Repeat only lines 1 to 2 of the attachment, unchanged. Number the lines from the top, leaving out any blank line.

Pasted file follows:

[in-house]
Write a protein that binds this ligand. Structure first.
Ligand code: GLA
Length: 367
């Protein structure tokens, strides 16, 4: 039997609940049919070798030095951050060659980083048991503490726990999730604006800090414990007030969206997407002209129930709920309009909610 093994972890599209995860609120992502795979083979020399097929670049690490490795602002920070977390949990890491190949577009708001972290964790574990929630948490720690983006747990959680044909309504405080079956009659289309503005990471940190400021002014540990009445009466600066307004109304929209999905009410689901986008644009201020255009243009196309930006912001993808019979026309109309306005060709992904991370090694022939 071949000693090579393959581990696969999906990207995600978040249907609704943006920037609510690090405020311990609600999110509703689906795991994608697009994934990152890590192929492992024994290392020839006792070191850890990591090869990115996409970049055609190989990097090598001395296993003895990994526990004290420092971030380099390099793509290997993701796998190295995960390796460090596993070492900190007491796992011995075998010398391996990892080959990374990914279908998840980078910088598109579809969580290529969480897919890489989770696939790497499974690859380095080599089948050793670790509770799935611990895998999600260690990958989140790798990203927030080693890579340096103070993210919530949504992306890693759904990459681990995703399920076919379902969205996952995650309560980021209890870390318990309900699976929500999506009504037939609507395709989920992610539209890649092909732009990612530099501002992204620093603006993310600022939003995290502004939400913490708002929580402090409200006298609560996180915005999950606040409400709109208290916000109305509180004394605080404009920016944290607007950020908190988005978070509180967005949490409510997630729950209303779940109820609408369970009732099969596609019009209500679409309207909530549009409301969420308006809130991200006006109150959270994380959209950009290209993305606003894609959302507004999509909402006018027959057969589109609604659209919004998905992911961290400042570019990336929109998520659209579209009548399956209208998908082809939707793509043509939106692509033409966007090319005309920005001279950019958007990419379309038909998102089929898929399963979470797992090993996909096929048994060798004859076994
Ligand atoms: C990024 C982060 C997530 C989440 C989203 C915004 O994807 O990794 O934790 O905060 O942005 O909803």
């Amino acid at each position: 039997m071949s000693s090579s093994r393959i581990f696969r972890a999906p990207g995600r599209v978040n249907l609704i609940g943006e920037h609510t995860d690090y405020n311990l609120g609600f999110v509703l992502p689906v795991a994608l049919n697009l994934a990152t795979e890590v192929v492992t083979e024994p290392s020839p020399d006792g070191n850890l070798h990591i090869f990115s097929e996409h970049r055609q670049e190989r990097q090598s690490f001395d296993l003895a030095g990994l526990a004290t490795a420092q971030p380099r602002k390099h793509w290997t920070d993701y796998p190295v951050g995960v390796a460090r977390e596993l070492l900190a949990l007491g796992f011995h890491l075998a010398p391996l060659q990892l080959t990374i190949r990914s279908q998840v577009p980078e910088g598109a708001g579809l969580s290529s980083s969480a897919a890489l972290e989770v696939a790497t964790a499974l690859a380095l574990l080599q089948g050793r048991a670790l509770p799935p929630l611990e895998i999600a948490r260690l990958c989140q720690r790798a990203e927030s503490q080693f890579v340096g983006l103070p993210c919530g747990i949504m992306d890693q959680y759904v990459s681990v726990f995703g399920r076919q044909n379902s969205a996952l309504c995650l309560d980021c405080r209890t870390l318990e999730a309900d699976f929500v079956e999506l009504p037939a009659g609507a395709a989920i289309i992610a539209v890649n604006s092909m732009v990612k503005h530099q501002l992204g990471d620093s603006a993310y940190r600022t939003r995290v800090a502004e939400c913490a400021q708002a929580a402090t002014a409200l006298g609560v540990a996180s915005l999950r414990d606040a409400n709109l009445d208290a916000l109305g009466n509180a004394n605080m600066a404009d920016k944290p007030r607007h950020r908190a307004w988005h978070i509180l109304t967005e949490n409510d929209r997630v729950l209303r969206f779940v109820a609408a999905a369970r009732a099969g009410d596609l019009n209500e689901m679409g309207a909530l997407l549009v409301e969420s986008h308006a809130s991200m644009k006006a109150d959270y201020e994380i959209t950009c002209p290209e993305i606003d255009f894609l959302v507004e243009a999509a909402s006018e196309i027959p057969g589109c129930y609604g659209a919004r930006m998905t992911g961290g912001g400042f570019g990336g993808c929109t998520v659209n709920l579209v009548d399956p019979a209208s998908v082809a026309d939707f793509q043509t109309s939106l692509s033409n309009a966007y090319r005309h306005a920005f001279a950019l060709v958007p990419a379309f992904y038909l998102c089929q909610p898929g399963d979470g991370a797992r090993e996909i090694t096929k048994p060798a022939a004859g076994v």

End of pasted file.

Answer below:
[in-house]
Write a protein that binds this ligand. Structure first.